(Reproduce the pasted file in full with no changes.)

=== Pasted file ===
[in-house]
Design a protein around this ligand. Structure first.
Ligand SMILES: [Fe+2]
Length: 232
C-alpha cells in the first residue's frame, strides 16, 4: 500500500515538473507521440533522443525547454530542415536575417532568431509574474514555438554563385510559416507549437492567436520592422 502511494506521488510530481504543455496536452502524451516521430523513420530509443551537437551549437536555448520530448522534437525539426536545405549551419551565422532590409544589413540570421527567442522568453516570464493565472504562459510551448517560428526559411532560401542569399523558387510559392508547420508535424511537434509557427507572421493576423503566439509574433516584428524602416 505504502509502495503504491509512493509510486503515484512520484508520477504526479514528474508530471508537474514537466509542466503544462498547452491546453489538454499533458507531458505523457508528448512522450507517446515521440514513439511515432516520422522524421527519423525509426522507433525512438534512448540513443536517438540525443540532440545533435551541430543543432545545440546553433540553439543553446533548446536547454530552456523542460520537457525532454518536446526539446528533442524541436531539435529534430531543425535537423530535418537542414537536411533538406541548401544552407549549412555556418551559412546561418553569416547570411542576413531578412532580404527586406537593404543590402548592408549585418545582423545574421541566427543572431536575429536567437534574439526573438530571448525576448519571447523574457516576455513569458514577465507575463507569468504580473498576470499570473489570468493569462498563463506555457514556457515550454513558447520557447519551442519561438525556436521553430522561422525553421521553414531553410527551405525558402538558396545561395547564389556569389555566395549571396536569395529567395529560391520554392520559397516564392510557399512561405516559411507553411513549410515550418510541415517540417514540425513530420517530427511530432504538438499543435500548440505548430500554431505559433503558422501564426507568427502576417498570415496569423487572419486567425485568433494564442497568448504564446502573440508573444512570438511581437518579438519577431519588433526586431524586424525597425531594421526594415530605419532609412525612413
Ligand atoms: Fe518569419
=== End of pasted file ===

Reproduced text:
[in-house]
Design a protein around this ligand. Structure first.
Ligand SMILES: [Fe+2]
Length: 232
C-alpha cells in the first residue's frame, strides 16, 4: 500500500515538473507521440533522443525547454530542415536575417532568431509574474514555438554563385510559416507549437492567436520592422 502511494506521488510530481504543455496536452502524451516521430523513420530509443551537437551549437536555448520530448522534437525539426536545405549551419551565422532590409544589413540570421527567442522568453516570464493565472504562459510551448517560428526559411532560401542569399523558387510559392508547420508535424511537434509557427507572421493576423503566439509574433516584428524602416 505504502509502495503504491509512493509510486503515484512520484508520477504526479514528474508530471508537474514537466509542466503544462498547452491546453489538454499533458507531458505523457508528448512522450507517446515521440514513439511515432516520422522524421527519423525509426522507433525512438534512448540513443536517438540525443540532440545533435551541430543543432545545440546553433540553439543553446533548446536547454530552456523542460520537457525532454518536446526539446528533442524541436531539435529534430531543425535537423530535418537542414537536411533538406541548401544552407549549412555556418551559412546561418553569416547570411542576413531578412532580404527586406537593404543590402548592408549585418545582423545574421541566427543572431536575429536567437534574439526573438530571448525576448519571447523574457516576455513569458514577465507575463507569468504580473498576470499570473489570468493569462498563463506555457514556457515550454513558447520557447519551442519561438525556436521553430522561422525553421521553414531553410527551405525558402538558396545561395547564389556569389555566395549571396536569395529567395529560391520554392520559397516564392510557399512561405516559411507553411513549410515550418510541415517540417514540425513530420517530427511530432504538438499543435500548440505548430500554431505559433503558422501564426507568427502576417498570415496569423487572419486567425485568433494564442497568448504564446502573440508573444512570438511581437518579438519577431519588433526586431524586424525597425531594421526594415530605419532609412525612413
Ligand atoms: Fe518569419